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...statesmen, nations, are wont to be emphatically commended to the teaching which experience offers in history; yet what experience and history teach is this-that peoples and governments have never learned anything from history, nor have they acted on principles deduced from it. Each period is involved in such peculiar circumstances, exhibits a condition of things so strictly idiosyncratic, that its conduct must be regulated by considerations connected with itself, and itself alone.Amid the pressure of great events, a general principle gives no help.
It is useless to revert to similar circumstances in the past. The pallid shades of memory struggle in vain with the life and freedom of the present. Looked at in this light nothing can be shallower than the oft-repeated appeal to Greek and Roman examples during the French Revolution; nothing is more diverse than the genius of those nations and that of our times. Johannes von Mueller, in his _Universal History_ as also in his _History of Switzerland_, had such moral aims in view.... Hegel, Georg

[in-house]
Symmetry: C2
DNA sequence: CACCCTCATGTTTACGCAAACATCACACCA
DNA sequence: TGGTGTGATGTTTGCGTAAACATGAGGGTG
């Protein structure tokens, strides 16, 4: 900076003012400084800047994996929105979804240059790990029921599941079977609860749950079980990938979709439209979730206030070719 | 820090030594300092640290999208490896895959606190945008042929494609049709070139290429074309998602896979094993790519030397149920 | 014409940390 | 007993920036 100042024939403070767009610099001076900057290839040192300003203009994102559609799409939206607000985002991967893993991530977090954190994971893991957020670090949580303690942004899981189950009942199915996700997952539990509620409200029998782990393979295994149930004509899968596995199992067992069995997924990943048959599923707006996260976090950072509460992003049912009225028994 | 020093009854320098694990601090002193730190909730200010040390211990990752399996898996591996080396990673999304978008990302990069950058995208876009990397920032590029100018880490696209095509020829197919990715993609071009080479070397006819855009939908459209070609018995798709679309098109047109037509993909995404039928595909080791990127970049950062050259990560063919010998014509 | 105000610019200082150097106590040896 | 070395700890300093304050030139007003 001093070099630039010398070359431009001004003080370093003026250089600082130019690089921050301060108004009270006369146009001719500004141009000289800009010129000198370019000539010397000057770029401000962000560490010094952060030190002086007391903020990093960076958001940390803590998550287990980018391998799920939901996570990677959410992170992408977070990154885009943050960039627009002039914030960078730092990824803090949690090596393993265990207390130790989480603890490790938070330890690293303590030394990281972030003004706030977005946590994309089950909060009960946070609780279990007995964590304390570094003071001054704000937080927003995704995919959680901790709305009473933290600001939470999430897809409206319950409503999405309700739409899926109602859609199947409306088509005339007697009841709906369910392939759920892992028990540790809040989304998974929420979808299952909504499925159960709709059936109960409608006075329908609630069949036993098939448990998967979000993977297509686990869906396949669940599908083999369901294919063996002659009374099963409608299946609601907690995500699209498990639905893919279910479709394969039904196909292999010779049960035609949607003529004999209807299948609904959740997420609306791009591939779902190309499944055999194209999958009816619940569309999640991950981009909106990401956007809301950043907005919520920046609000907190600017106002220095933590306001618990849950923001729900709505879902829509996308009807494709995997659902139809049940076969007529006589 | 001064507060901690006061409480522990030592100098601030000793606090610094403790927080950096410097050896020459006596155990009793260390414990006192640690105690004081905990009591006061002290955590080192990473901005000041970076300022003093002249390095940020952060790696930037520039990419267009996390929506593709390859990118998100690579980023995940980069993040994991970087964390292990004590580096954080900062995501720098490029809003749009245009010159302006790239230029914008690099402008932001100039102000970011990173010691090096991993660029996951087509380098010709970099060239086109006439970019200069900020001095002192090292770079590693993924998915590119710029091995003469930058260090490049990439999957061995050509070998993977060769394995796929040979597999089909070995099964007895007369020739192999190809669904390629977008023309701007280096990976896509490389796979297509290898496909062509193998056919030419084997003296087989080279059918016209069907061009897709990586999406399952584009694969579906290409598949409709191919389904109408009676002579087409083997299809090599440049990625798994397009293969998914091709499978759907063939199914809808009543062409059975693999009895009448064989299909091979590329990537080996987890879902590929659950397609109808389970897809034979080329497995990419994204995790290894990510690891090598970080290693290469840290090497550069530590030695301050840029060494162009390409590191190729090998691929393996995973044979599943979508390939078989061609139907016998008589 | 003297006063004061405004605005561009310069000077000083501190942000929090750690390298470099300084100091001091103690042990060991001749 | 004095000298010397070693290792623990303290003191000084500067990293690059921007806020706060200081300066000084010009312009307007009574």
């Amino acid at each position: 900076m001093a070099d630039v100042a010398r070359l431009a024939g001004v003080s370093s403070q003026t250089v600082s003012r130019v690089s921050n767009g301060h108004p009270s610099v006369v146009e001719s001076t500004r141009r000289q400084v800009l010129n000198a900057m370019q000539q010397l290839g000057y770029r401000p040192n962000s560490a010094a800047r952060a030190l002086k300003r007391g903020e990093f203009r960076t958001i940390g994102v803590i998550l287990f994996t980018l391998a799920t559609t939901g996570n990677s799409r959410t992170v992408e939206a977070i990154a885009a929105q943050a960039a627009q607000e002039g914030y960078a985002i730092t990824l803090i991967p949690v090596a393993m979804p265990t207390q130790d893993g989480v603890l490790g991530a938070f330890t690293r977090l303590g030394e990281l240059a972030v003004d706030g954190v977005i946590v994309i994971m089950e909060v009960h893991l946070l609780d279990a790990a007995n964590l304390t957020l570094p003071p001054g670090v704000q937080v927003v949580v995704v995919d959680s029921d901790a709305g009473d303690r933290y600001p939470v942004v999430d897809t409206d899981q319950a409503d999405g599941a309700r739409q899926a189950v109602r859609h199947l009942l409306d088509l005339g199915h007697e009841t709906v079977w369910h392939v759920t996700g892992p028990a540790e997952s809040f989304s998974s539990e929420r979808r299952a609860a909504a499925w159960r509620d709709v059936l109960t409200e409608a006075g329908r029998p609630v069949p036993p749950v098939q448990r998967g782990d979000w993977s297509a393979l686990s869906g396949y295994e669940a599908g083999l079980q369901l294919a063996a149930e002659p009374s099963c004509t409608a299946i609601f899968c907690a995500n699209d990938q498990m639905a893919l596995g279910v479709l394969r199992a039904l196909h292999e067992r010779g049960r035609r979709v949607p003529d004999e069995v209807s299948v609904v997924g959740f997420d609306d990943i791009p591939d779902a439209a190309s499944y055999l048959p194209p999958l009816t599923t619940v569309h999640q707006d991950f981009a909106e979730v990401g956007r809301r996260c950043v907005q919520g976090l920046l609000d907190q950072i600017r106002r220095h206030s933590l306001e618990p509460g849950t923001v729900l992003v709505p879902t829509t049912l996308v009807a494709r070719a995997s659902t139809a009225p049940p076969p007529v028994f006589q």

Excerpt from The German Classics of the Nineteenth and Twentieth Centuries, Volume 07 Masterpieces of German Literature Translated into English. in Twenty Volumes · This quote is about principles · Search on Google Books to find all references and sources for this quotation.
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